The Fédération Internationale de l’Automobile (FIA) released the latest version of sporting and technical regulations for 2017 Formula One Grand Prix on April 29, 2016.  This document is the rulebook that all Formula One racing teams must follow in the 2017 season.  All of the restrictions of CFD simulations are clearly defined in Appendix 8 (Aerodynamic Testing Restrictions) – section 2 of the sporting regulations.

Computational Fluid Dynamics (CFD), a widely accepted methodology in automobile aerodynamics R&D, has been proven to speed up the turnaround time effectively. The biggest upside is that it doesn’t involve any part manufacturing and all proof of concepts (POC) can be done on computers.  In the high-end auto industry, such as sports and racing vehicle makers, CFD has been used even more intensively. In this blog post, I’ll illustrate why Formula One racing teams should leverage the cloud to advance their CFD designs and why FIA, as the governing body of the sport, would also benefit from pushing it forward.

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This article was written by Irwen Song.

Guest post by Paul Hulsman, Team Manager, Eco-Runner Team Delft at TU Delft

Ecorunner

Ecorunner VII hydrogen-powered race vehicle

Eco-Runner Team Delft is a student engineering team at the TU Delft. Since 2005 our mission has been to design and build the most efficient hydrogen-powered vehicle possible. Every year, we compete in the Shell Eco-marathon competition, which pits student-designed hydrogen-powered vehicles against each other to complete a 16-kilometer course using the least amount of fuel. There are two vehicle assemblies that are critical to winning: a fuel-efficient propulsion system and a body with minimal vehicle resistance or weight. The weight of the vehicle is crucial to fuel efficiency because the 2017 Eco-marathon course featured a hill. Thus, our design efforts this year focused on making every component of the car as light as possible to reduce the energy requirement to climb the hill. We used Rescale’s ScaleX platform to explore and simulate many weight-saving design options while maintaining structural integrity. Rescale’s cloud-enabled simulation allowed us to quickly design a lightweight, but strong vehicle on a constrained project schedule and a student budget.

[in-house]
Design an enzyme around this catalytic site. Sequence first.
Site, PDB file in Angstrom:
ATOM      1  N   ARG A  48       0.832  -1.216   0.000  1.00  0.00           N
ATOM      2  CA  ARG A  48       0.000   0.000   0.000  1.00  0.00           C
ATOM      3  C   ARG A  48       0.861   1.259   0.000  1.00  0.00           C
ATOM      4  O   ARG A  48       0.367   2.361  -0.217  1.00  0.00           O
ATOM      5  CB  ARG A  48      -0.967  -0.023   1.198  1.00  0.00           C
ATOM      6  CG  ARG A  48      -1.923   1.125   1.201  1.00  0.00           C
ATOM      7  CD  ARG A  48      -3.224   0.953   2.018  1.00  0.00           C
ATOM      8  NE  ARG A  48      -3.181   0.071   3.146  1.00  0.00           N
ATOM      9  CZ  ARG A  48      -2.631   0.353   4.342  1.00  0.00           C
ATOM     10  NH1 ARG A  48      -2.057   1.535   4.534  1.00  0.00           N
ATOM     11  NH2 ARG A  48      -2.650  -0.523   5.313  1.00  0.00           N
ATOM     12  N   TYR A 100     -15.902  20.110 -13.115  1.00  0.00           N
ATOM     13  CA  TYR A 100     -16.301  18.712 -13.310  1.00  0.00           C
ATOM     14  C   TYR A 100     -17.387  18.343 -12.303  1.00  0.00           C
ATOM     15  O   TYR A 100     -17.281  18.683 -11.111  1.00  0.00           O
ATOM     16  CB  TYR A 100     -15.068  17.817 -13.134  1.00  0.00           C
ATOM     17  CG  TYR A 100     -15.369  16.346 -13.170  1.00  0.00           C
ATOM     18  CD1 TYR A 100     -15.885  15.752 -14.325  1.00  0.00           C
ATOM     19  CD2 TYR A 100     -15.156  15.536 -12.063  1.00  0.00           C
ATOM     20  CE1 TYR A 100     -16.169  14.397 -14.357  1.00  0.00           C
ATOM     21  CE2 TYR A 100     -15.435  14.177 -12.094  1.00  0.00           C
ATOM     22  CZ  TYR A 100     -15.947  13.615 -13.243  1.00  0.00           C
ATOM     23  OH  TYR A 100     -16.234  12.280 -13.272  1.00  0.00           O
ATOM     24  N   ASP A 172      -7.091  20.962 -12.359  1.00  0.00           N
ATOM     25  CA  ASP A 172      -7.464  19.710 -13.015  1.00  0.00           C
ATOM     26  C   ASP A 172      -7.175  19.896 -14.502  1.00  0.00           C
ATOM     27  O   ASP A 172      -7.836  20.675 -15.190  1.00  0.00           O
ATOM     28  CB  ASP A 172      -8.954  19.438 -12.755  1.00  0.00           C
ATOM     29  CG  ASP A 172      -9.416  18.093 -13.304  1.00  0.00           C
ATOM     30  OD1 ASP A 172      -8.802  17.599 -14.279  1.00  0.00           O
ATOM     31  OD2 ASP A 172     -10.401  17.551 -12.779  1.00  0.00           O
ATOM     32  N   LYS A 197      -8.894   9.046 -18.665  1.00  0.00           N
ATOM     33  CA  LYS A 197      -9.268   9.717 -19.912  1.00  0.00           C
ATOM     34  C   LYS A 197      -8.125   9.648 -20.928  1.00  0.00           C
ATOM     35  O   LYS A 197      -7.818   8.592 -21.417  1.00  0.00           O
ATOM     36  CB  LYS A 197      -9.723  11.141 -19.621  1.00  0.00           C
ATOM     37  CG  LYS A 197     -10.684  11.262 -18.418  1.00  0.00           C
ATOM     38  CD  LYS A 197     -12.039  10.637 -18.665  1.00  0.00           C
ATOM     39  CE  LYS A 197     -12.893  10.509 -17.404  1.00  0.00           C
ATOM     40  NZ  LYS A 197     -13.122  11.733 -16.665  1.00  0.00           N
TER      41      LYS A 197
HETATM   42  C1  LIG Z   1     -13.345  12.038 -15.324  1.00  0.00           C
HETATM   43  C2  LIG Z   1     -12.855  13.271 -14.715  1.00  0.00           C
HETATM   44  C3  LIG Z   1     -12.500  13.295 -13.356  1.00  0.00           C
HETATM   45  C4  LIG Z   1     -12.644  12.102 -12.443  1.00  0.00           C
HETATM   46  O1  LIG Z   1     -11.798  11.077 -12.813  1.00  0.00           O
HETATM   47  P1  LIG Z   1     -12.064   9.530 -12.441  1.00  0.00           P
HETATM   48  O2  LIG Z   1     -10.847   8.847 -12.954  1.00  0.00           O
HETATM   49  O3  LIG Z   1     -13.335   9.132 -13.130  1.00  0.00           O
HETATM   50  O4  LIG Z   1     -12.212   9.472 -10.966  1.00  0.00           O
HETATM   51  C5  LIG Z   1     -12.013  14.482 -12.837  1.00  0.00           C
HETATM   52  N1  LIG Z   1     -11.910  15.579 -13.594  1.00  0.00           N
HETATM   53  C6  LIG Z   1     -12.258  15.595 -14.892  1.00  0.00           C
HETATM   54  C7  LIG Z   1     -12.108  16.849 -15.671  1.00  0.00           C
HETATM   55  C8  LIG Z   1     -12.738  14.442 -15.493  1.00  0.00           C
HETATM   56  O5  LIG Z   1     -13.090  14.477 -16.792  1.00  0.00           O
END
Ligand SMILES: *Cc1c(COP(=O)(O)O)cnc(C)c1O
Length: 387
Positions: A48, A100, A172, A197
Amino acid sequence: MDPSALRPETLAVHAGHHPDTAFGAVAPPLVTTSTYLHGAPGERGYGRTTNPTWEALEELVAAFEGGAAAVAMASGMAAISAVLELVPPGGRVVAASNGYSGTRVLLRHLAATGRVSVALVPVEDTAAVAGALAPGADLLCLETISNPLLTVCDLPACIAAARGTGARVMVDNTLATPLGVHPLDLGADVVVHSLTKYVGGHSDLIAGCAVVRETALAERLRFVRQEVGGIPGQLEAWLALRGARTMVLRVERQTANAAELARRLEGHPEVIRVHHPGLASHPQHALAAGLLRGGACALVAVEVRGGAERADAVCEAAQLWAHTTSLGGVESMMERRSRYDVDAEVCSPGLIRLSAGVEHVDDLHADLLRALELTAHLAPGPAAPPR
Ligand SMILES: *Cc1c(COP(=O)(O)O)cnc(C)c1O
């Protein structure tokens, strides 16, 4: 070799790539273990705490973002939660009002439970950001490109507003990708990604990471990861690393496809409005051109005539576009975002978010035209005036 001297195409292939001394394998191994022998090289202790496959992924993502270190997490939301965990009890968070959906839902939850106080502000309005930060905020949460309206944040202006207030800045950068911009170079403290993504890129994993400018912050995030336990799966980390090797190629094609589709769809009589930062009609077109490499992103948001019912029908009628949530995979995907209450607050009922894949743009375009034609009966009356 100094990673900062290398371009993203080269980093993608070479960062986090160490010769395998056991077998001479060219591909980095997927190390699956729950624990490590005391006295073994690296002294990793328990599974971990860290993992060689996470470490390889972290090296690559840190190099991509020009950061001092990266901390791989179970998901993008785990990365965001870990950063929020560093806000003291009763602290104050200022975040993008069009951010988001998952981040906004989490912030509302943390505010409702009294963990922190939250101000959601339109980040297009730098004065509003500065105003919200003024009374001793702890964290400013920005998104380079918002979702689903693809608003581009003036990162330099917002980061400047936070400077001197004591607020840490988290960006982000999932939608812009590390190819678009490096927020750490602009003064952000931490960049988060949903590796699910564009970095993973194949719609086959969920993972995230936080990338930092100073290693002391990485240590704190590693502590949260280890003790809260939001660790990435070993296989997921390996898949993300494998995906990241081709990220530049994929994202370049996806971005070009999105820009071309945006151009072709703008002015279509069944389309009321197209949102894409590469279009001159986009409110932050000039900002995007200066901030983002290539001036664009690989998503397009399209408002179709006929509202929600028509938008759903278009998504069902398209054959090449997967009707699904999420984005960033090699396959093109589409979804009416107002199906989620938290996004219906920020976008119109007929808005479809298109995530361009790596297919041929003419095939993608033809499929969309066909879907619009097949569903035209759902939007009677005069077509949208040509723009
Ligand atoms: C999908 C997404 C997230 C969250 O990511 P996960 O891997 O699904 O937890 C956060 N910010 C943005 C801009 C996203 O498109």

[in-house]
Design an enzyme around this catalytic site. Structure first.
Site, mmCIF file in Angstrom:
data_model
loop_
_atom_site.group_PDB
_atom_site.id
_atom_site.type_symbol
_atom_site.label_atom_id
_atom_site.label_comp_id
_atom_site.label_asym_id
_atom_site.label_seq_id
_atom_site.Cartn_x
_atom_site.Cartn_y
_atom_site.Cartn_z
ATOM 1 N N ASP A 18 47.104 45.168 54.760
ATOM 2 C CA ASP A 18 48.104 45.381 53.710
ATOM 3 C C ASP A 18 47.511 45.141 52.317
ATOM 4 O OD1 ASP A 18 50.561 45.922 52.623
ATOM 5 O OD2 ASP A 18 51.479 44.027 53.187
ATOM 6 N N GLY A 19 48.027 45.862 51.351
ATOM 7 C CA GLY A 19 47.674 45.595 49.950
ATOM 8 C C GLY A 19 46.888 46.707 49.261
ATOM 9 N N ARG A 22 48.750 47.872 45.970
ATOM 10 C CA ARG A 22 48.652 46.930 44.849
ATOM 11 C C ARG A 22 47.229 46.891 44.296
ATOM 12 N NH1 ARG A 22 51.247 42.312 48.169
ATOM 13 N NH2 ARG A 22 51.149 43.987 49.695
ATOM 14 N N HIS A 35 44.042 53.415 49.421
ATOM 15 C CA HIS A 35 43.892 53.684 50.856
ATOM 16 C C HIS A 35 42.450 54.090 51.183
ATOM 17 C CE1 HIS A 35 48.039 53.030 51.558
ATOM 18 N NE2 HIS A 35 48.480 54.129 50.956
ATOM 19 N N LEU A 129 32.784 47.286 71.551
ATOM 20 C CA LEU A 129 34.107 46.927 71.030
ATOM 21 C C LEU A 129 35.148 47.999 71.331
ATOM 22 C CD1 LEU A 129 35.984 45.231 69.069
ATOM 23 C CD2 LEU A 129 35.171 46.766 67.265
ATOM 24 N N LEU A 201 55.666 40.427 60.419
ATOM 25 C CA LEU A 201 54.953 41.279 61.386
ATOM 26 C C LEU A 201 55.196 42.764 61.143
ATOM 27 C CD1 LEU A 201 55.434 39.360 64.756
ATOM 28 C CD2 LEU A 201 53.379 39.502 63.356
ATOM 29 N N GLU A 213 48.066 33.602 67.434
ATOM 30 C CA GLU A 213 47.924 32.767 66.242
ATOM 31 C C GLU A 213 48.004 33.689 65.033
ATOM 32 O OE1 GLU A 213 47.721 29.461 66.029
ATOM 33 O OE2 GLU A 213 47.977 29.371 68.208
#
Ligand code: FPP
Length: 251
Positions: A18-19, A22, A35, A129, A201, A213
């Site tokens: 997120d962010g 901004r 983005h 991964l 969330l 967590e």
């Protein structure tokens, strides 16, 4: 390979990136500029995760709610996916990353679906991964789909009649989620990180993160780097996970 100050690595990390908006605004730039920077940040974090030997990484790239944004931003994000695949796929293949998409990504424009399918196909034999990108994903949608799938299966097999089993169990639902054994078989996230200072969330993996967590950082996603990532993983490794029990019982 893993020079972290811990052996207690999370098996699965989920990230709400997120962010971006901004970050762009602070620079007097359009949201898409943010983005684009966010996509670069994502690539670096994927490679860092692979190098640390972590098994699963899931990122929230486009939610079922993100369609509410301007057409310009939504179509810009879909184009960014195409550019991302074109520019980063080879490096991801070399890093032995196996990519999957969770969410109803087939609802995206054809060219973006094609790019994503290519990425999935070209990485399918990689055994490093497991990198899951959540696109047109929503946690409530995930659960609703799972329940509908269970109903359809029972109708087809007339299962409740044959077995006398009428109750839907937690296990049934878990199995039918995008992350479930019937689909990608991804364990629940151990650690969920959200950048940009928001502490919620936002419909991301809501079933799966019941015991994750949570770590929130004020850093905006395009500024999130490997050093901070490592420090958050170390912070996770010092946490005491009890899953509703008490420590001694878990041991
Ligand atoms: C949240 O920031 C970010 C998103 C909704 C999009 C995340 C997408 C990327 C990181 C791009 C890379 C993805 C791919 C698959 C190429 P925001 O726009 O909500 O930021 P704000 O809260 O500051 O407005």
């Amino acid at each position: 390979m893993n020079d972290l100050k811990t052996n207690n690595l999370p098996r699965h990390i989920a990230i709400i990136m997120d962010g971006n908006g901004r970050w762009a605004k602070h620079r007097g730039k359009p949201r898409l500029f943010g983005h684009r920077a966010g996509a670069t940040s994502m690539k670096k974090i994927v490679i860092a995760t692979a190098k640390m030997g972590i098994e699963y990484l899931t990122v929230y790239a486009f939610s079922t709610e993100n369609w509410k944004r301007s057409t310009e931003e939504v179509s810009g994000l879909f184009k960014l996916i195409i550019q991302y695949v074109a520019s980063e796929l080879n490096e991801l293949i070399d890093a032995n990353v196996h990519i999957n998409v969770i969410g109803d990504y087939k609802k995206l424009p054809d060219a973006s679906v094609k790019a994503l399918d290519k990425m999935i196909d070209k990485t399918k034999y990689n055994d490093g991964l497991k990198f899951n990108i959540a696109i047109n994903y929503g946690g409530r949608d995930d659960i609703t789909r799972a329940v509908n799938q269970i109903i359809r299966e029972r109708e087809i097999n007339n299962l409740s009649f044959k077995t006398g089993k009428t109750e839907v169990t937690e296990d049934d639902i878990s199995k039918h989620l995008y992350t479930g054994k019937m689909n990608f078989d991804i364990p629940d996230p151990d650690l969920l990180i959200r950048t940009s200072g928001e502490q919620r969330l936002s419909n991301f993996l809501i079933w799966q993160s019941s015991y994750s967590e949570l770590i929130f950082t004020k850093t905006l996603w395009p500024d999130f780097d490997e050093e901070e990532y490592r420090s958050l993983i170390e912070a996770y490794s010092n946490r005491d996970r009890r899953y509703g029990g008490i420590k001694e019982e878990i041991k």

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This article was written by Eco-Runner Team Delft.

3 new members

Rescaleに3名の新しいメンバーがチームに参加し、また、シンガポールに新たにオフィスを開設し東南アジアへのビジネスを強化したことを発表しました。新たなマネージメントメンバーは写真左から、マーケティング担当VPのJonathan Oakley、ハイパフォーマンスコンピューティング担当VP兼ゼネラルマネージャーのGabriel Broner、東南アジア担当ディレクターのZac Leowの3名です。

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This article was written by Rescale Japan.

HPC Disruption

In 1991, I joined Cray and had the opportunity to work on the machines Seymour Cray designed. I was working on the operating system and would often have to work alone on it at night, but the excitement of working on such unique systems kept me going. The Cray 1, XMP, YMP, represented a family of machines where a differentiated architecture and design allowed you to solve problems that you just couldn’t solve with a regular computer.

When I joined, Cray was considering building a new type of parallel machines we called MPPs (massively parallel processing). I worked on the design and implementation of the operating system for the Cray T3E, a system with 2048 individual nodes, with standard CPU chips, memory, and a proprietary high-speed interconnect.  Ahead of its time, Cray was building what we today call HPC clusters. Besides it being a fantastic engineering project, it was the beginning of a disruption: going from proprietary Cray architectures to clusters of nodes with commodity parts.

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This article was written by Gabriel Broner.